Steven Wasko at 313-873-4542
Kisha Verdusco at 313-873-8401
Summer Academy 2010 will get under way Tuesday June 22 for Detroit Public Schools students who need help making up credits or performing at grade level. It will also be open to high school students from outside the district who need to make up credits.
The program, which will run five days a week through July 29, is mandatory for students in grades K-8 who are not performing at grade level and it will be open to high school students who need to make up credits in order to graduate.
Among the unique aspects of the 2010 Summer Program is the hiring of two teachers for each classroom, which will allow the district to provide teacher training during the school day. The program will offer an art component for elementary school students as well as a summer experience to prepare students who will enter high school this fall.
Registration for out-of-district students will be held 9 a.m. to 3:30 p.m. June 22-24 at the DPS Welcome Center, 3031 W. Grand Blvd. Students must bring an official transcript from their current school. Out-of-district students will be required to pay $250 per class. The non-refundable payment must be in the form of a money order.
Students will be assigned a Summer Academy location upon registration, with the assignment based on available slots and course(s) requested.
Current DPS students who are required to attend summer school may still enroll in the program for free. Because some Summer Academy sites are already at capacity, parents are encouraged to call their individual schools to make sure they are still accepting students. If not, children can attend alternate sites.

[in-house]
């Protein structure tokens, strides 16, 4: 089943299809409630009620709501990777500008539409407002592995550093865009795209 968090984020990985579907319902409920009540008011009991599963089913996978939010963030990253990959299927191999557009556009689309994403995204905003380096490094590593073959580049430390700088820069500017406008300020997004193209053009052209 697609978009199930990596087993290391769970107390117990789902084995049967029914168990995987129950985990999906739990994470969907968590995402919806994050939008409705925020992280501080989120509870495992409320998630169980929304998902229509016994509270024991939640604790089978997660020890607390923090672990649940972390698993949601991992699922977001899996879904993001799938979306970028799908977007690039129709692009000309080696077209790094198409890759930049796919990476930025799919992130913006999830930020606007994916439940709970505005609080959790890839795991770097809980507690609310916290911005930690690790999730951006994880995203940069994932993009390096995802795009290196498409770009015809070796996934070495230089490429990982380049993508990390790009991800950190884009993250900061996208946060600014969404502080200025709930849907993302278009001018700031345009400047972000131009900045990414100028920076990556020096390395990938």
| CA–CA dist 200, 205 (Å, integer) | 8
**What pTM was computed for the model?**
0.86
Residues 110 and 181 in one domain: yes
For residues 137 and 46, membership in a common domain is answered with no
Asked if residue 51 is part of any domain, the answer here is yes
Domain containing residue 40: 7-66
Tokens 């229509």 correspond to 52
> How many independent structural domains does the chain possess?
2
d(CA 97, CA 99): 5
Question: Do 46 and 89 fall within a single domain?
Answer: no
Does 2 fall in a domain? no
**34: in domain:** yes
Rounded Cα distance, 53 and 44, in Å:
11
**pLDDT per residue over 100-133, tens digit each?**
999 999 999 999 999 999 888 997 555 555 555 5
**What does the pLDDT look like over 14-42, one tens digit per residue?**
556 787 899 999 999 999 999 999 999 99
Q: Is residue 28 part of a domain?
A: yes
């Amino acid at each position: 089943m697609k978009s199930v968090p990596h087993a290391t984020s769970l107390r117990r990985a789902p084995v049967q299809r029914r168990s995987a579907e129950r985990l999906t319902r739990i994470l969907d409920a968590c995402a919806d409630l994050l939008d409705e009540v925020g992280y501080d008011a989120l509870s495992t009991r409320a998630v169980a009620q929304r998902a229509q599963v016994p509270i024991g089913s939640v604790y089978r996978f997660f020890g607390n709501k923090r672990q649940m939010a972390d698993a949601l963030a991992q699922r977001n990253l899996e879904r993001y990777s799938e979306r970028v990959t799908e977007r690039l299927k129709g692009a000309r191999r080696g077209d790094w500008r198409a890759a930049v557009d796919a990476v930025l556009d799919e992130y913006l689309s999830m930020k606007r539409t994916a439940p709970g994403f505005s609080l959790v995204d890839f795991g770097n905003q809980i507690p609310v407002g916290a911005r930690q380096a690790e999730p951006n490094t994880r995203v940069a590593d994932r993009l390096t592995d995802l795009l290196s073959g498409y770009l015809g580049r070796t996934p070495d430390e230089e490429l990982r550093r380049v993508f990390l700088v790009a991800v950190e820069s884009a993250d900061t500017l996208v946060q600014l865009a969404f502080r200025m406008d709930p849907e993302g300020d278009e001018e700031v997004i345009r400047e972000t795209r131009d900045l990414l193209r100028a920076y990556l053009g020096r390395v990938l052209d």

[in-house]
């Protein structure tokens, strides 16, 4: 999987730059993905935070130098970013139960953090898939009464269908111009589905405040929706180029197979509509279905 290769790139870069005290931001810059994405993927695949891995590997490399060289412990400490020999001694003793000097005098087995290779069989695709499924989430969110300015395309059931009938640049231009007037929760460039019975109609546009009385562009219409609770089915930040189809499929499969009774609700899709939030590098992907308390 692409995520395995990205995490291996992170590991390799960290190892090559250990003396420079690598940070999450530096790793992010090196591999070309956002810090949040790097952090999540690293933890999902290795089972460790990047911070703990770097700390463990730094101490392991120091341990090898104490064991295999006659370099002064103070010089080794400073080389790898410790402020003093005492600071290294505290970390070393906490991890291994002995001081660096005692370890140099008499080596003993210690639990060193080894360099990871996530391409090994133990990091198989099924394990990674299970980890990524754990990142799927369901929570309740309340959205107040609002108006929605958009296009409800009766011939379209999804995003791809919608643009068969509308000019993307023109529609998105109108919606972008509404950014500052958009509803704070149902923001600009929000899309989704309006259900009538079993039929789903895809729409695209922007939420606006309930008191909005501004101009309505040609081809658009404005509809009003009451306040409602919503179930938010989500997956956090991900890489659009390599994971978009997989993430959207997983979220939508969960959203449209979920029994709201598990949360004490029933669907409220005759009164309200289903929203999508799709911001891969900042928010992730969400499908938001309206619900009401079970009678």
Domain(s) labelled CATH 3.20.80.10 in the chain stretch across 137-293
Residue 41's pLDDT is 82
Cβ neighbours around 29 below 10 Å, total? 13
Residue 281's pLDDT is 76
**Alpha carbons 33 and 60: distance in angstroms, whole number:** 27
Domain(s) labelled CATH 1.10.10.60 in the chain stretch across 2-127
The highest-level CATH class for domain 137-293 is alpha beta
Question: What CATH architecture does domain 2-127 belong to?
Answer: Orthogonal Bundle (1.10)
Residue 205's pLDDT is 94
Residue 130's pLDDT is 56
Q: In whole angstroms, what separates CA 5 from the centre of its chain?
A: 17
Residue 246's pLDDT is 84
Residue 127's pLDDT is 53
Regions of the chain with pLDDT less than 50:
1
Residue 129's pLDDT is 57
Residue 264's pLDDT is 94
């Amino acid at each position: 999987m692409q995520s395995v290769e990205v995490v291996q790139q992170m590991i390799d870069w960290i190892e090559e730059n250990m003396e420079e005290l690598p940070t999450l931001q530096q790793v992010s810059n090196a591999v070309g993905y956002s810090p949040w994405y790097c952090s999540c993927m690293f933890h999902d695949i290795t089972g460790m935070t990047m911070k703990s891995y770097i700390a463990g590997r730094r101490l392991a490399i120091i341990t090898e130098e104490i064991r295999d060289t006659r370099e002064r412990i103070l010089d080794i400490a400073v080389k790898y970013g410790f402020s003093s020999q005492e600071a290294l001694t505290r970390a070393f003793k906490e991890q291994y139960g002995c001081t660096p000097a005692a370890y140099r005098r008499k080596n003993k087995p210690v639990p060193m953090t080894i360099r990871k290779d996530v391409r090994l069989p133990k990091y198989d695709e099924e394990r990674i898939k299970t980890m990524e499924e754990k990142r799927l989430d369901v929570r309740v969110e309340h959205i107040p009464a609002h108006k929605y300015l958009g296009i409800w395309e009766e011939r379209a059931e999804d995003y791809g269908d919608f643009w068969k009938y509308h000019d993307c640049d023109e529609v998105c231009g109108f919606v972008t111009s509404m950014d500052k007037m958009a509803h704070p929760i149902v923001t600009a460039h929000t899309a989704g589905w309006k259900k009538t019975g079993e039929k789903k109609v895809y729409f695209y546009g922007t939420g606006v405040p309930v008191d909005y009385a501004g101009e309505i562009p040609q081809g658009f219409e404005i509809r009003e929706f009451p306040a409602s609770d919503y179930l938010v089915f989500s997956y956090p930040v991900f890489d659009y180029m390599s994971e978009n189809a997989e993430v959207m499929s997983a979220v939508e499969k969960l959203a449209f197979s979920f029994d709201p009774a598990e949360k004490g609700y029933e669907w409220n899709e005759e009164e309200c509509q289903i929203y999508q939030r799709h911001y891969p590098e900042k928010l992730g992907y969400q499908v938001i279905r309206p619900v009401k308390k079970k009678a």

Nearly 32,000 students in 131 schools participated in last year’s summer school program, and the district expects to serve nearly 40,000 students at 145 schools this year.
Teachers will undergo extensive training in math and literacy instruction this summer, as required by the district’s rigorous five-year Academic Plan.
“It is critical that we offer opportunities for both students and teachers to build their skills this summer,” said Chief Academic and Accountability Auditor Barbara Byrd-Bennett. “The Academic Plan has raised the standards for everyone, and we’ll need to hit the ground running when school starts in the fall to ensure everyone can perform as they should.”
Summer Academy 2010 will be available at schools selected for closure.
Students at buildings that will be renovated this summer will attend classes at alternate sites.
Students in grades k-6 will receive two hours of literacy instruction, two hours of math instruction and 1-1/2 hours of arts in literacy. Seventh and eighth graders will receive two hours each of literacy and math instruction and 1-1/2 hours to work on Tetrahedron Projects. High school students may take up to three courses for academic make-up.
High school students who take public transportation will be allowed to use their old bus passes during the first week of the program, until new passes are distributed.
The 2010 Summer Program will include a managed literacy and mathematics curriculum for students in grades Pre-K – 8 to ensure that all children are receiving the same high-quality instruction based on their needs.
Current 8th graders will have an opportunity to attend their assigned high school for a week in August to familiarize them with the campus, meet their teachers, learn study skills, take pre-tests and begin developing important relationships with their teachers and peers.
For information about the program, visit the district’s Web site, www.detroitk12.org.